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I am an organist who has a very complete knowledge of both of these artists' work. No matter what the album cover said, I've ALWAYS considered this to be the work of Larry Young, not John Patton. Both men have VERY individual styles. John Patton would not "drop" his own style one day on a recording session and decide to play like Larry Young. Patton is a complete individual who, although at times using some of the same musical components as Young, always has his OWN musical vision. Just like Don Patterson or Jimmy Smith would never play like Young. Unlike today, individuality is what these artists strove for above all else.

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bertrand

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Member # 230

posted January 13, 2002 10:31 AM

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Bigboy,

Thanks for your reply. This is the kind of thing I hoped to get - organists who have an opinion one way or the other on this matter.

If it's not too much trouble, do you think you could take time to point out some passages that are typically Young, and some that are typically *not* Patton?

I also was able to get Joe Fields' phone number, and I will try to get a hold of him.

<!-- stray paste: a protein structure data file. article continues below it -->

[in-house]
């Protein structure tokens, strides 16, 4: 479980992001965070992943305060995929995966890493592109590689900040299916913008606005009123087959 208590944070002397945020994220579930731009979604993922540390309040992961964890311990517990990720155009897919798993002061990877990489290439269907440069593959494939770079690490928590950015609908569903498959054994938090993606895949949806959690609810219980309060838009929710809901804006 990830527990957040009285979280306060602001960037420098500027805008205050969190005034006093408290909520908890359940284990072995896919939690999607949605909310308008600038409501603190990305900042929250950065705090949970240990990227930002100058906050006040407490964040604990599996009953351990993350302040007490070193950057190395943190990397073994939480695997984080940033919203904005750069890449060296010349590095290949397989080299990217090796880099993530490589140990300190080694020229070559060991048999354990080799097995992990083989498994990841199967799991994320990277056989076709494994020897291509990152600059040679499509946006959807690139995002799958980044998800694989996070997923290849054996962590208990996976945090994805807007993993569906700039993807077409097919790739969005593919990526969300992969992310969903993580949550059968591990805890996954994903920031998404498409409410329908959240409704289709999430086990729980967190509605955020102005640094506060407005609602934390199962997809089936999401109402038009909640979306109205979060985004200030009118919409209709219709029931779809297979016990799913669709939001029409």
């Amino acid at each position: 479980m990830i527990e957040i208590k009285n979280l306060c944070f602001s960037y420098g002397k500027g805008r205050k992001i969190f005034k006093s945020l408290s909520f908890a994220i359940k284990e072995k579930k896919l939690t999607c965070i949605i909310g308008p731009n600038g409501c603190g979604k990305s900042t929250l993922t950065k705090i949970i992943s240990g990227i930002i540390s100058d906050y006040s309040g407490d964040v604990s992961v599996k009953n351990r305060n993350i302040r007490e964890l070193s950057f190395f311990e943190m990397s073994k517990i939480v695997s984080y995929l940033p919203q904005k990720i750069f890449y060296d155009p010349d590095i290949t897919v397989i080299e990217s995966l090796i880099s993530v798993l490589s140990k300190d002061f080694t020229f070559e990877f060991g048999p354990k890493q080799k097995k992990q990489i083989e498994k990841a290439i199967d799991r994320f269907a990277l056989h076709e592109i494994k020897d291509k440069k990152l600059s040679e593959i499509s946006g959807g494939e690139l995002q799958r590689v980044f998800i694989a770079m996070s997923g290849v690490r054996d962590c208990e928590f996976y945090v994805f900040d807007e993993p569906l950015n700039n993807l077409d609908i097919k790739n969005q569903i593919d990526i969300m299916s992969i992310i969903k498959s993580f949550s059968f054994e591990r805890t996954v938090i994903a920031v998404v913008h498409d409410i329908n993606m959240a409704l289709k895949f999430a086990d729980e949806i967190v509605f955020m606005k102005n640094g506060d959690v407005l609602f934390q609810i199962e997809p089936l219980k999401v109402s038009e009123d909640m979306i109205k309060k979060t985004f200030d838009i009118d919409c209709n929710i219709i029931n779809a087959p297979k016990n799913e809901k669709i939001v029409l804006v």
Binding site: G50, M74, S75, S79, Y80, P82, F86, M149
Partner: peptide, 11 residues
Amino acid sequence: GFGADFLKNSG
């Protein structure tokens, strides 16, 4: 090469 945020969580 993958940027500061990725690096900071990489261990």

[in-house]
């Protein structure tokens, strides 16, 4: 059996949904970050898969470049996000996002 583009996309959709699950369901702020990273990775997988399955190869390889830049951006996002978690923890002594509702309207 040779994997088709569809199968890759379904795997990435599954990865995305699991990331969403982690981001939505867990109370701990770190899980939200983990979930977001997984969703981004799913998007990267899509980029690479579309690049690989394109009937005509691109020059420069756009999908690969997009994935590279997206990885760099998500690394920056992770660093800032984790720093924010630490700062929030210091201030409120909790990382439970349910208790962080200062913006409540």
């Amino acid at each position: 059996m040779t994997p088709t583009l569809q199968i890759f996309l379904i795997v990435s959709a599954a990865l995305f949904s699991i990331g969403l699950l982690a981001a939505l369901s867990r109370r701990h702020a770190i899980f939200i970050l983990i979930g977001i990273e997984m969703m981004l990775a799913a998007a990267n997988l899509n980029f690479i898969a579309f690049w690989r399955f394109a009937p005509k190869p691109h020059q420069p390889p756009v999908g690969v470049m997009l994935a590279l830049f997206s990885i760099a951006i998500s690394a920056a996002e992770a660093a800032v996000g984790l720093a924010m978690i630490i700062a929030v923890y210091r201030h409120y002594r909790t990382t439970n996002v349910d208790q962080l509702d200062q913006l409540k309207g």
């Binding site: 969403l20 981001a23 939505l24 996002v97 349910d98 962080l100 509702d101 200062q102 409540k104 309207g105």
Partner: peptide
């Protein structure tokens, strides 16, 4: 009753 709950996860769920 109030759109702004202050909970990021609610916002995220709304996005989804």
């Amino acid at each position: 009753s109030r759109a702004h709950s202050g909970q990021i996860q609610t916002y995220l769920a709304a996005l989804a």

Thanks,

Bertrand.

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Posts: 1798 | From: Bethesda, MD | Registered: Mar 99 | IP: Logged

bigboy

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Member # 2546

posted January 13, 2002 12:12 PM

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Bertrand,

I just randomly listened to two tracks from Iron City, Old Man Moses and Work Song. I can tell you this, there is not ONE thing that points to the playing of John Patton. It's Larry Young's whole ball of wax...the Basslines (and his touch on the accent of the pedals is all him), the comping, the soloing...EVERYTHING. I can't point you to specific instances where it suggests Larry Young, because it ALL not only suggests Larry, but IS Larry. Of this I have NO doubts.

John Patton, who I regard in equally high esteem, has his own style. And it's not Larry Young's.

Also, don't put too much stock in what year all this happened. If you think Larry Young was playing the way he does on Contrasts for every gig he played as a sideman that year, you'd be wrong I'm sure. Even George Benson has stated nearly getting in a fight with Larry after he had gone into his current "style" on one of Benson's gigs. I'm sure if Grant Green wanted to do a boogaloo date for Muse, Larry as a sideman would play the bag while maintaining his identity. Just as the recording shows.

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Bill Fenohr

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Member # 592

posted January 13, 2002 01:26 PM

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After listening to Iron City a few times in the last couple of days, i am pretty firmly in the Larry Young camp.

Again, this is just a thought, but could these in fact be tracks from those unissued Verve dates from late 65. It just does not make sense to me (although im sure it has happened from time to time) that an artist would record three songs that he recorded two years prior. One i could see, but three....